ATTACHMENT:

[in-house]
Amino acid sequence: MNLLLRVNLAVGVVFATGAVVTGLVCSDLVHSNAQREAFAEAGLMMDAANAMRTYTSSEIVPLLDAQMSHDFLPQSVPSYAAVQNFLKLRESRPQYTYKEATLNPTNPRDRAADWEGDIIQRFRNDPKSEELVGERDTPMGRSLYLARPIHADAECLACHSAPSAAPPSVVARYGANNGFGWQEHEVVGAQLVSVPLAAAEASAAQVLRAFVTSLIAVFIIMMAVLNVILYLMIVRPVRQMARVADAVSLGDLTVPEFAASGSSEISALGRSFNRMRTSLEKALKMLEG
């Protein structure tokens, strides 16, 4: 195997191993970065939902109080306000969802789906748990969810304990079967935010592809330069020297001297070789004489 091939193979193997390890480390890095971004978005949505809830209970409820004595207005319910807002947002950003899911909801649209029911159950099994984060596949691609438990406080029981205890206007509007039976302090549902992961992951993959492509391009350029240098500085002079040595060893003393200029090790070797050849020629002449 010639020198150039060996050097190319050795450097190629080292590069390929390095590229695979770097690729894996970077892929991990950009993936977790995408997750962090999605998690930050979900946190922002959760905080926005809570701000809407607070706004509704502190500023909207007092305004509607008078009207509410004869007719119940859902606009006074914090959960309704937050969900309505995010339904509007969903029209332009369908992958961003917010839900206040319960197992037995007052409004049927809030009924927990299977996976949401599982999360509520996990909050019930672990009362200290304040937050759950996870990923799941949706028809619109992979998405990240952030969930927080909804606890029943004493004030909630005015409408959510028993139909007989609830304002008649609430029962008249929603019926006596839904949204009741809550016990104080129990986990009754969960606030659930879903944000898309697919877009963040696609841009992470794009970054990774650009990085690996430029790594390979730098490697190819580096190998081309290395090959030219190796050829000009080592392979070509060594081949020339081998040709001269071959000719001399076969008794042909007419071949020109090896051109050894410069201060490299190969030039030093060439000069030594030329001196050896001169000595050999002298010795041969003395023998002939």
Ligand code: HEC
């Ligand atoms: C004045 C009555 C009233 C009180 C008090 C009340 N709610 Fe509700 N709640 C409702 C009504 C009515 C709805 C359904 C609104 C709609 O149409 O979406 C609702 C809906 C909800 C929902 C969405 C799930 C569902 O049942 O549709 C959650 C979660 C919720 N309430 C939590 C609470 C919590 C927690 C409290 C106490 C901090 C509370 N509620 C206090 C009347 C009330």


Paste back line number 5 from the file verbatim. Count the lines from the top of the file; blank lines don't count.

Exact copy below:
């Ligand atoms: C004045 C009555 C009233 C009180 C008090 C009340 N709610 Fe509700 N709640 C409702 C009504 C009515 C709805 C359904 C609104 C709609 O149409 O979406 C609702 C809906 C909800 C929902 C969405 C799930 C569902 O049942 O549709 C959650 C979660 C919720 N309430 C939590 C609470 C919590 C927690 C409290 C106490 C901090 C509370 N509620 C206090 C009347 C009330």